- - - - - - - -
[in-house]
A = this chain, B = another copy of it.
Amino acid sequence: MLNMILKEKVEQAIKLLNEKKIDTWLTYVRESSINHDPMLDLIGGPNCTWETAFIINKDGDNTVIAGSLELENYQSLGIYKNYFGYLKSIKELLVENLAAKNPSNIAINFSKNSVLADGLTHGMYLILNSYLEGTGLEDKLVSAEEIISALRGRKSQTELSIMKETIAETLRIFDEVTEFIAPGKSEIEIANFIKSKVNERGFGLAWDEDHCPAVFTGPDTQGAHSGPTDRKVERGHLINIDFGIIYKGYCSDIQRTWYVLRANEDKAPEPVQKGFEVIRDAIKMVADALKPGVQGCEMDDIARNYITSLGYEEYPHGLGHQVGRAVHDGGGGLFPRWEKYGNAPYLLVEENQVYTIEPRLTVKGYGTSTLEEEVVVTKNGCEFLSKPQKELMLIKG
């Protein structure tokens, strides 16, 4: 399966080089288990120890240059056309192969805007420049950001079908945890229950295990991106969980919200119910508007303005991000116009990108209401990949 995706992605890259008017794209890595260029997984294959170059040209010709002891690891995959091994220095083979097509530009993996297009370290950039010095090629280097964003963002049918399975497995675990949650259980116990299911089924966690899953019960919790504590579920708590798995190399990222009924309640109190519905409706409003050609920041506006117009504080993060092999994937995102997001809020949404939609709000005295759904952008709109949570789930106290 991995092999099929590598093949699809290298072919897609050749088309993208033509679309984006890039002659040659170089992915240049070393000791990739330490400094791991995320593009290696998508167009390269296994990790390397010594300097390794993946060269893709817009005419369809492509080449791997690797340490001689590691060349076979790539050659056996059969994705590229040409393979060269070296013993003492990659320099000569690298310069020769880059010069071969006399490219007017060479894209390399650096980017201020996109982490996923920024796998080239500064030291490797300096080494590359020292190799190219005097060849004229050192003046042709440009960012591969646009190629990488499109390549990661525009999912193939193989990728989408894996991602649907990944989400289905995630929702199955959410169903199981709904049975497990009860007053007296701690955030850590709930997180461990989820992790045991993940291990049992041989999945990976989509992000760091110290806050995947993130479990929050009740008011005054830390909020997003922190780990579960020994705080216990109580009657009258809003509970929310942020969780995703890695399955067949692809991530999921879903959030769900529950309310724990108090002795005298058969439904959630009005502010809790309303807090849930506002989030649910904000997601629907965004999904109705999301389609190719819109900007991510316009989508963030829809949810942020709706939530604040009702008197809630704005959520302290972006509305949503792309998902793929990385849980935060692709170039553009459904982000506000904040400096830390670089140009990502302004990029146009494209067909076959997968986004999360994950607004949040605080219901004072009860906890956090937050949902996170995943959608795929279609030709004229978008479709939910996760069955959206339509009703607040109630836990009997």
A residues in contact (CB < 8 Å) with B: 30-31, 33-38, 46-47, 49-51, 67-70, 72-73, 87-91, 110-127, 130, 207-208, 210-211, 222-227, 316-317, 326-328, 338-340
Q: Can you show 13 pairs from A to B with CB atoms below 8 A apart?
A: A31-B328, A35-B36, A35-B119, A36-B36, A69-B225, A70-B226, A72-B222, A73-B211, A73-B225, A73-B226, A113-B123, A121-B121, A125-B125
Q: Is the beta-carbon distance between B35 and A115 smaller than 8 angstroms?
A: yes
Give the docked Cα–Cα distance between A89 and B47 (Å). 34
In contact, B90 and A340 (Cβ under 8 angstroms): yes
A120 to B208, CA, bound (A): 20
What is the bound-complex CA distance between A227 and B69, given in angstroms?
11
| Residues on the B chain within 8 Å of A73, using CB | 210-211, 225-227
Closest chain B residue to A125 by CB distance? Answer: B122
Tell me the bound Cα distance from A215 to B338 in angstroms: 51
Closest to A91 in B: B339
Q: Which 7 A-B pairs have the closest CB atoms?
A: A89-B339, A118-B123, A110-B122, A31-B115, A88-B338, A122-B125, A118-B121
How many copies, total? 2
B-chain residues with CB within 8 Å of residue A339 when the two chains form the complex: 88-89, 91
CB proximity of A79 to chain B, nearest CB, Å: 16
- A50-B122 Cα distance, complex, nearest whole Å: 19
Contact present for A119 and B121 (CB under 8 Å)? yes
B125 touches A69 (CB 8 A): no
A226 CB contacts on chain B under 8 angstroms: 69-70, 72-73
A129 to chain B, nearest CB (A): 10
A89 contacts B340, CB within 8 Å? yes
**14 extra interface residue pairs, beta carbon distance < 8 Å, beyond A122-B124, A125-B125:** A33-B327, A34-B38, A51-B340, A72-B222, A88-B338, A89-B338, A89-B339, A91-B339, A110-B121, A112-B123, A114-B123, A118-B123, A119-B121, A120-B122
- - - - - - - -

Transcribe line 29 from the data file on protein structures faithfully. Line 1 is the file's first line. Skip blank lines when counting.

A89 contacts B340, CB within 8 Å? yes